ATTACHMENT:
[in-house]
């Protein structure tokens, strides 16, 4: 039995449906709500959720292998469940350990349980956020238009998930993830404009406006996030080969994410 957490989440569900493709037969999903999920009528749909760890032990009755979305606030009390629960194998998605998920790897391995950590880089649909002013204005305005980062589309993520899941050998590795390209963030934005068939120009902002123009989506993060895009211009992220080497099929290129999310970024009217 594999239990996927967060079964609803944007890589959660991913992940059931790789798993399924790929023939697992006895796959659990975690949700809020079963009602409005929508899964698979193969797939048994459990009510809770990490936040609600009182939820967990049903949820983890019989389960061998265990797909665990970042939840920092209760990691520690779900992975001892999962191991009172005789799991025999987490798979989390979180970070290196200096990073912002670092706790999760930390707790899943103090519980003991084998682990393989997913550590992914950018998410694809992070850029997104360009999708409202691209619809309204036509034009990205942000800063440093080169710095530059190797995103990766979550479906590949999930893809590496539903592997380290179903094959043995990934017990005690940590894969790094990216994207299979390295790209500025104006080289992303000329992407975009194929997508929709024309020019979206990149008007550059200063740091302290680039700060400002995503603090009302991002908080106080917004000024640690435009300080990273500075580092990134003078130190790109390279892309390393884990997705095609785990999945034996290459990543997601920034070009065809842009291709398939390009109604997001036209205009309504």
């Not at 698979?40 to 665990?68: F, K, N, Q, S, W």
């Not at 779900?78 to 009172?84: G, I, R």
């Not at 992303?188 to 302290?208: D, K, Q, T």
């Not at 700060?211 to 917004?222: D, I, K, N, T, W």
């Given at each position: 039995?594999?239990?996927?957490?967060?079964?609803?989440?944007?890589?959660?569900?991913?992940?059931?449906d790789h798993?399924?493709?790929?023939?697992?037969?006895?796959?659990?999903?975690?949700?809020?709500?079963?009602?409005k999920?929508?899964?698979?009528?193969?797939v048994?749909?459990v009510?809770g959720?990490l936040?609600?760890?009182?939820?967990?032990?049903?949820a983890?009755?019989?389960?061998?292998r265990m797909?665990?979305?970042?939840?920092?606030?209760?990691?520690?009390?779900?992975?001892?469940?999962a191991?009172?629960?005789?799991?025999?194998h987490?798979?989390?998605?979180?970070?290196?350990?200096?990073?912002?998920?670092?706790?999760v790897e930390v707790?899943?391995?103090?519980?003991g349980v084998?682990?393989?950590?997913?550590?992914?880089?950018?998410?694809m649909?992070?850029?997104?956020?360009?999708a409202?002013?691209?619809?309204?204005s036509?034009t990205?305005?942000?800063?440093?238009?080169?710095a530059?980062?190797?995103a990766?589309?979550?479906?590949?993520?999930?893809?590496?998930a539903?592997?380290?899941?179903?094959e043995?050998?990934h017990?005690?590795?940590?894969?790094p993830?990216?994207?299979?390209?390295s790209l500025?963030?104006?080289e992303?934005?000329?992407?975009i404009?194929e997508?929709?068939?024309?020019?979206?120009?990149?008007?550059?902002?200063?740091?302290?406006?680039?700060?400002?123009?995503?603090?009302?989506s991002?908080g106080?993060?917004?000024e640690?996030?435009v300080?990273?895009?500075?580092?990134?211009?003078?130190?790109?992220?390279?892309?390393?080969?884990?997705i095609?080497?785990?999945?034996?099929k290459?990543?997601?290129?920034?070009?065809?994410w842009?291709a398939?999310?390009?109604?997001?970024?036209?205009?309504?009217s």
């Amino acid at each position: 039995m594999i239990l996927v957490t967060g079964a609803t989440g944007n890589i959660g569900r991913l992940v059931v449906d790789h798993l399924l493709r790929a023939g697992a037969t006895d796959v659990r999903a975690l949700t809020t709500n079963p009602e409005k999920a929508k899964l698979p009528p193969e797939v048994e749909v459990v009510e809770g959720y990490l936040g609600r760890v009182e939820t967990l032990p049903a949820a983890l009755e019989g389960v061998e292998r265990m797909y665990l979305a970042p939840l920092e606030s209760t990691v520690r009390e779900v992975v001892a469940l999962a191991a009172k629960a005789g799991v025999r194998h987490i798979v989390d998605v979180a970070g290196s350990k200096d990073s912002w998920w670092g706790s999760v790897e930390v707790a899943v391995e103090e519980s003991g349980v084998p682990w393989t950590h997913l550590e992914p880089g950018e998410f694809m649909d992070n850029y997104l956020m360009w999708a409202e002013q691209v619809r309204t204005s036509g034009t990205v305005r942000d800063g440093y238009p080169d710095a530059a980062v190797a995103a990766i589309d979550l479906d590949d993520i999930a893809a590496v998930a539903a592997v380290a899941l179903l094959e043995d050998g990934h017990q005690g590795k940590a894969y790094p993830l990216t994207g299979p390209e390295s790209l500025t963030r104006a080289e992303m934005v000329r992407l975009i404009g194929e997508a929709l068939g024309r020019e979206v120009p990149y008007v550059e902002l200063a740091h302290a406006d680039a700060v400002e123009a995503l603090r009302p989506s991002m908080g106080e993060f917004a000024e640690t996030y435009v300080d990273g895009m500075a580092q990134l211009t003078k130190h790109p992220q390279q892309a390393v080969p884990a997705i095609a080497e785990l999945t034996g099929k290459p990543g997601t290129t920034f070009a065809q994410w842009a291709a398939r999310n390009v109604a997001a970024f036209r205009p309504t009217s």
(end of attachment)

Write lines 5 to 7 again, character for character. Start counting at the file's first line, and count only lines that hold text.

């Not at 992303?188 to 302290?208: D, K, Q, T």
């Not at 700060?211 to 917004?222: D, I, K, N, T, W």
């Given at each position: 039995?594999?239990?996927?957490?967060?079964?609803?989440?944007?890589?959660?569900?991913?992940?059931?449906d790789h798993?399924?493709?790929?023939?697992?037969?006895?796959?659990?999903?975690?949700?809020?709500?079963?009602?409005k999920?929508?899964?698979?009528?193969?797939v048994?749909?459990v009510?809770g959720?990490l936040?609600?760890?009182?939820?967990?032990?049903?949820a983890?009755?019989?389960?061998?292998r265990m797909?665990?979305?970042?939840?920092?606030?209760?990691?520690?009390?779900?992975?001892?469940?999962a191991?009172?629960?005789?799991?025999?194998h987490?798979?989390?998605?979180?970070?290196?350990?200096?990073?912002?998920?670092?706790?999760v790897e930390v707790?899943?391995?103090?519980?003991g349980v084998?682990?393989?950590?997913?550590?992914?880089?950018?998410?694809m649909?992070?850029?997104?956020?360009?999708a409202?002013?691209?619809?309204?204005s036509?034009t990205?305005?942000?800063?440093?238009?080169?710095a530059?980062?190797?995103a990766?589309?979550?479906?590949?993520?999930?893809?590496?998930a539903?592997?380290?899941?179903?094959e043995?050998?990934h017990?005690?590795?940590?894969?790094p993830?990216?994207?299979?390209?390295s790209l500025?963030?104006?080289e992303?934005?000329?992407?975009i404009?194929e997508?929709?068939?024309?020019?979206?120009?990149?008007?550059?902002?200063?740091?302290?406006?680039?700060?400002?123009?995503?603090?009302?989506s991002?908080g106080?993060?917004?000024e640690?996030?435009v300080?990273?895009?500075?580092?990134?211009?003078?130190?790109?992220?390279?892309?390393?080969?884990?997705i095609?080497?785990?999945?034996?099929k290459?990543?997601?290129?920034?070009?065809?994410w842009?291709a398939?999310?390009?109604?997001?970024?036209?205009?309504?009217s």